Comment: New Light on the Black Death: The Viral and Cosmic Connection

Comets, plagues, tobacco and the origin of life on earth

Pestilence, the Great Plague and the Tobacco Cure

Black Death found to be Ebola-like virus

Beneficial tobacco: Monoclonal antibodies derived from tobacco thwart West Nile virus

Health Benefits of Smoking Tobacco


Ebola cases and malaria mix amid slow-motion disaster

3 medics and patient
Hospitals admit some patients came with symptoms suggestive of malaria...fever, headaches, extreme weakness...but precautions must be taken in case it is ebola.
As the death toll rises in West Africa amid the worst Ebola outbreak on record, a separate threat is compounding the problem: the rainy season and the malaria that comes with it.

In Sierra Leone, with the most Ebola cases in the epidemic, a fearful population is failing to seek medical attention for any diseases, health officials say. If they have malaria, the feeling is they don't want to go near a hospital with Ebola cases. If it's Ebola, they don't believe the hospitals can help them anyway, instead turning to traditional healers.

It's a widening challenge complicated by the fact that Ebola, malaria and cholera share common symptoms early on, including fever and vomiting, which can cause confusion among patients, said Cyprien Fabre, head of the West Africa office of the European Commission's humanitarian aid department.

"We now have increased mortality for these other diseases" as well, Fabre said by telephone from Freetown, the country's capital, after visiting Ebola treatment centers in Kenema and Kailahun near the eastern border. "This is a slow-motion disaster."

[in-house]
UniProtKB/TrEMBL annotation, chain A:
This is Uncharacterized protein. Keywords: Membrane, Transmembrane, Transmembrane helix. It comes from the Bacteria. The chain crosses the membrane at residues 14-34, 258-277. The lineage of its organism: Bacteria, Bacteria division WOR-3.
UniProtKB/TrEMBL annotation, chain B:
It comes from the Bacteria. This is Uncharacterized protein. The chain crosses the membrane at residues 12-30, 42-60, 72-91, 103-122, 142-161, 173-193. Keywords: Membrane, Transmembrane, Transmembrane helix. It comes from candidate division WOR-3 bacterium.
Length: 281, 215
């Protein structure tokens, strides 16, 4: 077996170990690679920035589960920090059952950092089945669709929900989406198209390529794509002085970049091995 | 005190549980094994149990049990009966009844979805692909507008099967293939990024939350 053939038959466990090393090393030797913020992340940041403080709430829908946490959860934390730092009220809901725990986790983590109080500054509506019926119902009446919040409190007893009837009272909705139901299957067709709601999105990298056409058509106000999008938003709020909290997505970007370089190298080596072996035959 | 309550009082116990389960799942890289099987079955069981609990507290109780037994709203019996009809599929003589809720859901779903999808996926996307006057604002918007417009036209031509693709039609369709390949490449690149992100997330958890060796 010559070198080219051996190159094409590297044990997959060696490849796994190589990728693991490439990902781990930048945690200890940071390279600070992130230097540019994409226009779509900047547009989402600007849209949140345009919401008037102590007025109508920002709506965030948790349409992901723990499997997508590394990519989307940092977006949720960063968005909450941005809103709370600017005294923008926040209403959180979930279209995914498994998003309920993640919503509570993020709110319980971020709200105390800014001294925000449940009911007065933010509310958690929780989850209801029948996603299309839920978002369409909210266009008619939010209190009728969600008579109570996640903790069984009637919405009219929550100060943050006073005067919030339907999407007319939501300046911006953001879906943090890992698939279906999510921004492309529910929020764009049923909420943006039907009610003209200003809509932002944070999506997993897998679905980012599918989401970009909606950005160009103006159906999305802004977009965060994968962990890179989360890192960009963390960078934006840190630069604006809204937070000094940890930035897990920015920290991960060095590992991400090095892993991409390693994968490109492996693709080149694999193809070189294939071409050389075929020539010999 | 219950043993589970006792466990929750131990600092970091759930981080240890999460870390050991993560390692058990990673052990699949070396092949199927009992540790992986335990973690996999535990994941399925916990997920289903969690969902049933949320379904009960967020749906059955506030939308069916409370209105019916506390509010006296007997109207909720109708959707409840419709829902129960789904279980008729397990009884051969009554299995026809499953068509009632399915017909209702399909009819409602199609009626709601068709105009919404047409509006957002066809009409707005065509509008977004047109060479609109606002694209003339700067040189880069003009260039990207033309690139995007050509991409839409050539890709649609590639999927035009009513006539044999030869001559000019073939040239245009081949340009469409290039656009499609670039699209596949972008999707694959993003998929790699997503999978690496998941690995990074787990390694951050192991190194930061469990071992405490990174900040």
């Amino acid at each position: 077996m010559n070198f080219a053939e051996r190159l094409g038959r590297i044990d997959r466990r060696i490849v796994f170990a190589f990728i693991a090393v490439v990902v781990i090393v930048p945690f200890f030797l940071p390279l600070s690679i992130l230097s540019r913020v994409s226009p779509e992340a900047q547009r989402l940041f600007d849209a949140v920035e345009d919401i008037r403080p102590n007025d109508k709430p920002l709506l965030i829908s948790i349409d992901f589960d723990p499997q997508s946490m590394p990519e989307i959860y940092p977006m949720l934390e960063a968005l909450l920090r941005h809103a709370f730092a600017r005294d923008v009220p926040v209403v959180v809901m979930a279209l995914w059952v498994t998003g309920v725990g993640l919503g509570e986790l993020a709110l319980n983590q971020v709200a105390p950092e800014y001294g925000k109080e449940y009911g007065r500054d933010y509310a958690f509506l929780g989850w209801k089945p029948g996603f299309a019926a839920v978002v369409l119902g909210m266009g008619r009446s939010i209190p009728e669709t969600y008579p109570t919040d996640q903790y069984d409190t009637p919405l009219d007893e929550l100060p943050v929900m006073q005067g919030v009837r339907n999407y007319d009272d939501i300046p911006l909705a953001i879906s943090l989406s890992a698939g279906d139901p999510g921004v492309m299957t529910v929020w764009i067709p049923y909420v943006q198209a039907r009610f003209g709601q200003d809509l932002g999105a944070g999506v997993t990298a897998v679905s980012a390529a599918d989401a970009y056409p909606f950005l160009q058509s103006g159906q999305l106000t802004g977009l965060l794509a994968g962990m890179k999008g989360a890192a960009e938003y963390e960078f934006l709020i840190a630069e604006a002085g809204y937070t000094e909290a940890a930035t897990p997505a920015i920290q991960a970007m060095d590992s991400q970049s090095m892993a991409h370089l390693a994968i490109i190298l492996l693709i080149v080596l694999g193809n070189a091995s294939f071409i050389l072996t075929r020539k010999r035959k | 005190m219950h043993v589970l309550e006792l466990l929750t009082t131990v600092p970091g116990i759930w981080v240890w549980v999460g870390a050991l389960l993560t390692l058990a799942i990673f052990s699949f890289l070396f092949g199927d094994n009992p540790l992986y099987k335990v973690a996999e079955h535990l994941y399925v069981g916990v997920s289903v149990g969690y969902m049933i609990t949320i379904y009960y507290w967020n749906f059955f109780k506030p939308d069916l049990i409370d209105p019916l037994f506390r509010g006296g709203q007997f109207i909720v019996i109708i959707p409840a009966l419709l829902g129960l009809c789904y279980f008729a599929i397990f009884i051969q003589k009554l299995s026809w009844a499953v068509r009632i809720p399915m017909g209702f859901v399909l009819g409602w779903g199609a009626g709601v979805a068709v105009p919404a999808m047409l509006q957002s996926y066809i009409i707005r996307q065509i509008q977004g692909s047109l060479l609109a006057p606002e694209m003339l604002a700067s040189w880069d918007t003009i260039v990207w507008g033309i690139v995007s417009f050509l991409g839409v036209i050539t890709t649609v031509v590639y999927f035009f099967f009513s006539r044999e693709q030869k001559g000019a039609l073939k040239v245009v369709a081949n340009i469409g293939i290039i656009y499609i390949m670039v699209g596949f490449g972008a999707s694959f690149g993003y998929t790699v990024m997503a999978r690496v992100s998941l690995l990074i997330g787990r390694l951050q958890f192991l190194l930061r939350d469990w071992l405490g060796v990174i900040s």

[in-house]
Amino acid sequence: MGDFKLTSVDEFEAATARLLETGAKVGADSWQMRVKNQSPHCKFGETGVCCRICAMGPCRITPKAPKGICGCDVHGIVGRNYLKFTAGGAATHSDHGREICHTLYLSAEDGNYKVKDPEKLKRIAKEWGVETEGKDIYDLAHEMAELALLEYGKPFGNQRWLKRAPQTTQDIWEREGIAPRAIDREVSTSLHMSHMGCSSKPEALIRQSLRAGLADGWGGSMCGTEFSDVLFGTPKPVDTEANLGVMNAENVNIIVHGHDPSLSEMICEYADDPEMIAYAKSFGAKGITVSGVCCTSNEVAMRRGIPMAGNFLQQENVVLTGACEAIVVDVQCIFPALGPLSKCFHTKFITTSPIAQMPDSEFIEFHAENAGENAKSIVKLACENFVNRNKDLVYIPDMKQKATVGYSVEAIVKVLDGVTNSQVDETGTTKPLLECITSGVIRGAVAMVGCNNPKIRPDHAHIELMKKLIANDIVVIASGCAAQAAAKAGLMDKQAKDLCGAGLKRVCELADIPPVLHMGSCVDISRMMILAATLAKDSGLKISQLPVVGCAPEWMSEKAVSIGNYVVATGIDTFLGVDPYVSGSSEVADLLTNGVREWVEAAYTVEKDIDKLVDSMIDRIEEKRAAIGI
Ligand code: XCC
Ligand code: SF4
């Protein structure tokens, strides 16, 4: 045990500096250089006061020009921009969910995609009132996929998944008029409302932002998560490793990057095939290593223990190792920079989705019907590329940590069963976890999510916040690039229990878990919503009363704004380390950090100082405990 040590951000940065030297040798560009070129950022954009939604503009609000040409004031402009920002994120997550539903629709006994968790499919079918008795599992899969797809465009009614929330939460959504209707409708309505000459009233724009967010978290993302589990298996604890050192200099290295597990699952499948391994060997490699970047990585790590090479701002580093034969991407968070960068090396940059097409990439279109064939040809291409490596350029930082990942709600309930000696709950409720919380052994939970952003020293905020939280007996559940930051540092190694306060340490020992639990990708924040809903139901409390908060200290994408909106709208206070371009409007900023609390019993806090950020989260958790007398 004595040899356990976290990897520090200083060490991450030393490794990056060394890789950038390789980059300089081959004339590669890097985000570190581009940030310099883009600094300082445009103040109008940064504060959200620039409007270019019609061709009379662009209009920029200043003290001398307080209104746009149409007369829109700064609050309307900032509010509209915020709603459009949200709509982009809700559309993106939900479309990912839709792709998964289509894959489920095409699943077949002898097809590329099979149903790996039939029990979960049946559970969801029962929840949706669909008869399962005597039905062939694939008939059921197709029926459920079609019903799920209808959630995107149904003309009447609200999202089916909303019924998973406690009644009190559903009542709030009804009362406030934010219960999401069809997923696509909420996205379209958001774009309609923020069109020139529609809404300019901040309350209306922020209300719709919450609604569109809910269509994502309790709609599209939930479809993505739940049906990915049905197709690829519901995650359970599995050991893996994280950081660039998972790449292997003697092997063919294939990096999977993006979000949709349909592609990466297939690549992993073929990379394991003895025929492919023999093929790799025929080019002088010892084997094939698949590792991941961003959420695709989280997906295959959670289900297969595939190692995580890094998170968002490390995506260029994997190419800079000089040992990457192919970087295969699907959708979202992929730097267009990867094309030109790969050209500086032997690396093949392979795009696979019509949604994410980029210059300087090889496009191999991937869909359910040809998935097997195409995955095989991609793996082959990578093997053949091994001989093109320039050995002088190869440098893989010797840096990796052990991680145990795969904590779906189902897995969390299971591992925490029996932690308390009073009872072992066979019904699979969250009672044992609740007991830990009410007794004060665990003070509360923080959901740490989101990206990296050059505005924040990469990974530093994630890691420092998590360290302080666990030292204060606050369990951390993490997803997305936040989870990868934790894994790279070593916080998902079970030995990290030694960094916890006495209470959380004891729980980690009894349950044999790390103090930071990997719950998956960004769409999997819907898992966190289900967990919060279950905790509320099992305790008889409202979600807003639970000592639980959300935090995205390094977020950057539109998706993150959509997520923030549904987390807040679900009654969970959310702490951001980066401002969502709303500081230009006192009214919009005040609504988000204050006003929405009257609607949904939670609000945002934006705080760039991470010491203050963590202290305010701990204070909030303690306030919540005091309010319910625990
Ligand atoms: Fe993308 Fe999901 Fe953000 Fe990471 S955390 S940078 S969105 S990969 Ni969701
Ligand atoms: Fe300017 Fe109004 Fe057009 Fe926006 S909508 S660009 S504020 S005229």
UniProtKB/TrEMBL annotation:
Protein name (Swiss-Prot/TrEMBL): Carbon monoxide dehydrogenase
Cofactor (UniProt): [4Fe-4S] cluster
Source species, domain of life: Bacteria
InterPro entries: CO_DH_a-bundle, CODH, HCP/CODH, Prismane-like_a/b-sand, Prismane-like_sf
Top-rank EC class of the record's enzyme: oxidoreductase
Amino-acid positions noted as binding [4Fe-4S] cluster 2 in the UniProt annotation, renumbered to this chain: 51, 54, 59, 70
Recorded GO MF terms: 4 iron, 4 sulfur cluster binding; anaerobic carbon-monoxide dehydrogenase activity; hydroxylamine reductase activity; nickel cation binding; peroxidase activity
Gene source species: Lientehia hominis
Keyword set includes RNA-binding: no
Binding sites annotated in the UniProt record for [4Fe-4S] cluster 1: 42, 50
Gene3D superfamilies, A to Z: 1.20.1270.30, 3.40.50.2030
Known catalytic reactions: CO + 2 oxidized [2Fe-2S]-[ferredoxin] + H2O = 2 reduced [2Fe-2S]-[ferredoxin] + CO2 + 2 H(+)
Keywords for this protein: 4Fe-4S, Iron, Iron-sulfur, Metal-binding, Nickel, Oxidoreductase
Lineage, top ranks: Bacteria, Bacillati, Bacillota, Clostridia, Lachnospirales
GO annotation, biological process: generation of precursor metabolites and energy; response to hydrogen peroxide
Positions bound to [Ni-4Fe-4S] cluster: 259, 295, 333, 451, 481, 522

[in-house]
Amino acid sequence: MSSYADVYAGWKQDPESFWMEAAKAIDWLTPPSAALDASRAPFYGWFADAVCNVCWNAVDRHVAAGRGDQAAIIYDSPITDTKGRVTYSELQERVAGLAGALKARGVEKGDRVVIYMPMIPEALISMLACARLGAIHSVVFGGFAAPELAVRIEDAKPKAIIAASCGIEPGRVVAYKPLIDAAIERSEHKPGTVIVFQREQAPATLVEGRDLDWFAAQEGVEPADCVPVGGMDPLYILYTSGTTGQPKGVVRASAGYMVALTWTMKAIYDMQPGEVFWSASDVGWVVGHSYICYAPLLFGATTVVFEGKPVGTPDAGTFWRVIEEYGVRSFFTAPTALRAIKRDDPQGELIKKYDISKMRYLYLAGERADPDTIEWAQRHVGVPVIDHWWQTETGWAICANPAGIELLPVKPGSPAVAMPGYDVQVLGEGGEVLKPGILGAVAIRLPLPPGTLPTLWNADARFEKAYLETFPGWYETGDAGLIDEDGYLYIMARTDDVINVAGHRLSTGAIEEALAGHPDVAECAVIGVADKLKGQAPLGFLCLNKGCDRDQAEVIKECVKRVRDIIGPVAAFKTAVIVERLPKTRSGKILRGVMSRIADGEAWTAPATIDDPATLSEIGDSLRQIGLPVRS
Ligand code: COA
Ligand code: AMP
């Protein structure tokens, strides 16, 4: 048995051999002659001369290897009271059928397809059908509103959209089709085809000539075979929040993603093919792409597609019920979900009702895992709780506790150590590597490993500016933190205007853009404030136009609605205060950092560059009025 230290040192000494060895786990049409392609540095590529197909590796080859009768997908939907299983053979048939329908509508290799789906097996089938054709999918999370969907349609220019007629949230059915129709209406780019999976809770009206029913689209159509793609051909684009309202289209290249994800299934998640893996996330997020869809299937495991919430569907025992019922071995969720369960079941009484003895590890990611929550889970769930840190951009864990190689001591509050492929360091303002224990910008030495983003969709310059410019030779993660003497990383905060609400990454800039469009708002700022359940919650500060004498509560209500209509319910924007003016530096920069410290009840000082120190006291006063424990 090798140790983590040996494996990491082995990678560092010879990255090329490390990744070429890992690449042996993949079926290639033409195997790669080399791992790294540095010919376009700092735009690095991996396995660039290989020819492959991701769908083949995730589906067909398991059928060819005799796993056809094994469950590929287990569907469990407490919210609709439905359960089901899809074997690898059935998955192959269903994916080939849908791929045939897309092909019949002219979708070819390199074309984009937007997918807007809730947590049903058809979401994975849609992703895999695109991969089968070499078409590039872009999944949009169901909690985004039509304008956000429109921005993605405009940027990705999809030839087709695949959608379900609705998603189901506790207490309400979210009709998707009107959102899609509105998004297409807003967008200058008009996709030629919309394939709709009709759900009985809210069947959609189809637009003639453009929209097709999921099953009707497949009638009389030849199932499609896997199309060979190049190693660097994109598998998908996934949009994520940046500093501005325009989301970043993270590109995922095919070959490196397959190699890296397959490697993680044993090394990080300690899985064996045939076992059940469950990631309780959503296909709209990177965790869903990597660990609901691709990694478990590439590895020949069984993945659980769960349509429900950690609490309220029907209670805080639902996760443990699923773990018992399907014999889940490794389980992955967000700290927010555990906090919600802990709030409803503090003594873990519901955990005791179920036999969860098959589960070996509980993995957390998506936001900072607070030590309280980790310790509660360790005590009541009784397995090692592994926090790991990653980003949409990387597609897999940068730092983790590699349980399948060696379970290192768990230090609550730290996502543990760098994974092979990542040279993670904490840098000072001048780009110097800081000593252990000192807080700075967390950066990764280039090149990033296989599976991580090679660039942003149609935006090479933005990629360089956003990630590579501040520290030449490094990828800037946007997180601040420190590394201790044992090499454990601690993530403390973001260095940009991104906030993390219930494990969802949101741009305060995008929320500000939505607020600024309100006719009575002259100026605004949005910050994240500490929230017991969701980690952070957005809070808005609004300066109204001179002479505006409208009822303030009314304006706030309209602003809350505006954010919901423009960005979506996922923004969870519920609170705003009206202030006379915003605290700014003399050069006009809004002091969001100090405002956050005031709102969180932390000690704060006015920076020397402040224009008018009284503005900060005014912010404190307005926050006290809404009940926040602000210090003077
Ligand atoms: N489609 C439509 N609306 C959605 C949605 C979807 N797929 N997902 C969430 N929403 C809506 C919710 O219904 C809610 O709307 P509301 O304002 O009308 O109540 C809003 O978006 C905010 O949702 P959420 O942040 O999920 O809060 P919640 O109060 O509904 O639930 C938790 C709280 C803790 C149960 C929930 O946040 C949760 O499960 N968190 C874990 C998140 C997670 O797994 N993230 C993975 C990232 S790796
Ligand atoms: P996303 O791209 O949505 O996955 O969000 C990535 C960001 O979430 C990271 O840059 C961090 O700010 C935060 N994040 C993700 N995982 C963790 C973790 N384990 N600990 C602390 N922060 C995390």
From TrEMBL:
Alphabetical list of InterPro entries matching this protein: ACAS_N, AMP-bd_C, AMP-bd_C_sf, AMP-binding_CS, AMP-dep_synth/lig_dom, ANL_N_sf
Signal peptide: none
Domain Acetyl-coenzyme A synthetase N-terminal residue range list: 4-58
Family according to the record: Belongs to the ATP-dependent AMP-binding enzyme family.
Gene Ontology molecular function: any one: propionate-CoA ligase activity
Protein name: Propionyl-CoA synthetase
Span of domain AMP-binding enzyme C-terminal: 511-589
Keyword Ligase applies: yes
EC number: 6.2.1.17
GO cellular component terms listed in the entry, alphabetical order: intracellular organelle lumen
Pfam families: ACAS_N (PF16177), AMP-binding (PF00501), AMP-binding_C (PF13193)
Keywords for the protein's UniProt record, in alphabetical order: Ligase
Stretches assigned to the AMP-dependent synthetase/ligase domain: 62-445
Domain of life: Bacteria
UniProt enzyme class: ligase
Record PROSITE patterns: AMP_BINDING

The issue threatens to further undermine health and welfare in Sierra Leone, which has the world's highest rate of child and maternal mortality, Fabre said.

The outbreak has killed 932 people in Guinea, Liberia and Sierra Leone since it was first reported in March, according to the World Health Organization. That includes 45 deaths from Aug. 2 to Aug. 4, the health group said.

Comment: There are four different strains of ebola that can infect humans causing Ebola virus disease (EVD) or Ebola hemorrhagic fever (EHF). Because the genetic change rate is slow, on par with Hepatitis B, the Ebolavirus has been around for thousands of years. The Zaire virus, a form of Ebola, is the most deadly, most prevalent and its symptoms resemble malaria. Viruses do not grow through cell division, because they are not cells (acellular); instead, they use the machinery and metabolism of a host cell to produce multiple copies of themselves, and they assemble in the cell. Because they are highly infectious via body fluids, oral exposure, and are breathable, they are classified as Category A biological weapons.